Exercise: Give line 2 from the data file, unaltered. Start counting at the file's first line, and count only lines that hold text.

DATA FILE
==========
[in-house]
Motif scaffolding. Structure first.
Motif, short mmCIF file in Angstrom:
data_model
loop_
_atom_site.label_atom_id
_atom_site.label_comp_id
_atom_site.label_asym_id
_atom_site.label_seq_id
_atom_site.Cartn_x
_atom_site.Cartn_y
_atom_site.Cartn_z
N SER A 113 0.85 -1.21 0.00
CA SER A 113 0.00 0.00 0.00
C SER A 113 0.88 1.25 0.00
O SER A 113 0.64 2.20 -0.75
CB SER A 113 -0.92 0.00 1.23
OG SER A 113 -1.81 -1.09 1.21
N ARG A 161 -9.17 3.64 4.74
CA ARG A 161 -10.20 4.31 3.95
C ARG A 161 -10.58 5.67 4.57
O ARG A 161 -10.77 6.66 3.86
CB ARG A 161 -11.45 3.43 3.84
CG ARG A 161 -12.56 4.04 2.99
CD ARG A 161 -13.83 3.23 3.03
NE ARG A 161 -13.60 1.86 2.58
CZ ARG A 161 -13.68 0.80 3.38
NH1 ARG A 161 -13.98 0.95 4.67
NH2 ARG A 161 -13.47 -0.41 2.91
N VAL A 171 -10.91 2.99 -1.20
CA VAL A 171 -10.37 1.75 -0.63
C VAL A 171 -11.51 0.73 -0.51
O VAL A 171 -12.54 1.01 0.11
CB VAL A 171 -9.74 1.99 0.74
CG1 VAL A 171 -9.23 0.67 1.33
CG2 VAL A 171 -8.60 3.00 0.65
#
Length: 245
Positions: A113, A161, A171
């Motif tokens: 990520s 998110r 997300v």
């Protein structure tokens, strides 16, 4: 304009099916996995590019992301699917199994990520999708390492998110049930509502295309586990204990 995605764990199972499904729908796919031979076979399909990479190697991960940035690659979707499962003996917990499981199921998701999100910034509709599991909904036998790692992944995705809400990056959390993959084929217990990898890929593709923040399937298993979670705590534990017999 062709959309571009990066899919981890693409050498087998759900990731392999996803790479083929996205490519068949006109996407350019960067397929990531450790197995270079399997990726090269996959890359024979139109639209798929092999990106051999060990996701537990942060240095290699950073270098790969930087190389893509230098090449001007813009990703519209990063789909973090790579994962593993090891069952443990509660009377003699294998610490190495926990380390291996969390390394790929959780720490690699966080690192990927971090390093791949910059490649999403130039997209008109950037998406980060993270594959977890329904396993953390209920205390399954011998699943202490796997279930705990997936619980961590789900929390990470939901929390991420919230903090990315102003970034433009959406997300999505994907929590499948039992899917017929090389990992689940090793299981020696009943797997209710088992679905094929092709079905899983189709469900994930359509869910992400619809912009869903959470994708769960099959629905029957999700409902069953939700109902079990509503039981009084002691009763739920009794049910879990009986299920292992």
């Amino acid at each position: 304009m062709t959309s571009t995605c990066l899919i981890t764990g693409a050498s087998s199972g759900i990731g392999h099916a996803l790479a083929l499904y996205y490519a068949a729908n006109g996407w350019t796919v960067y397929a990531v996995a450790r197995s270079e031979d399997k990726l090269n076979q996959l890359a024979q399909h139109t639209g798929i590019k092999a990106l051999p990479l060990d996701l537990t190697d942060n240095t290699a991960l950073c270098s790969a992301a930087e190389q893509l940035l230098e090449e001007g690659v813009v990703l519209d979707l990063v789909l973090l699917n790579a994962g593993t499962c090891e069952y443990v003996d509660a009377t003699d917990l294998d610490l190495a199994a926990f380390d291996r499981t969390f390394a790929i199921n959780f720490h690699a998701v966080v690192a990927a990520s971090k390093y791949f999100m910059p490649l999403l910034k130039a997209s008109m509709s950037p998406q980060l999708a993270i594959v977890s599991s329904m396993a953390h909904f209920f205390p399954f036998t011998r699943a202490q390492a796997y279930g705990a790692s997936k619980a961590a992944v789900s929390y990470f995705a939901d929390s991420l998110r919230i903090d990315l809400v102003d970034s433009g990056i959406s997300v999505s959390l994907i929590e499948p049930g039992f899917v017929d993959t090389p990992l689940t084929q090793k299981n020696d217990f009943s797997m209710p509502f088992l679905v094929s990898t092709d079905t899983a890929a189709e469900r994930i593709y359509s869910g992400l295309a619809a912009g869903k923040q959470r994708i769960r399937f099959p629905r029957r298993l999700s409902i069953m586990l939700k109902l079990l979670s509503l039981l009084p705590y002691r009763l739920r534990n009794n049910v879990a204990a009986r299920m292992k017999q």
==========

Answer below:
Motif scaffolding. Structure first.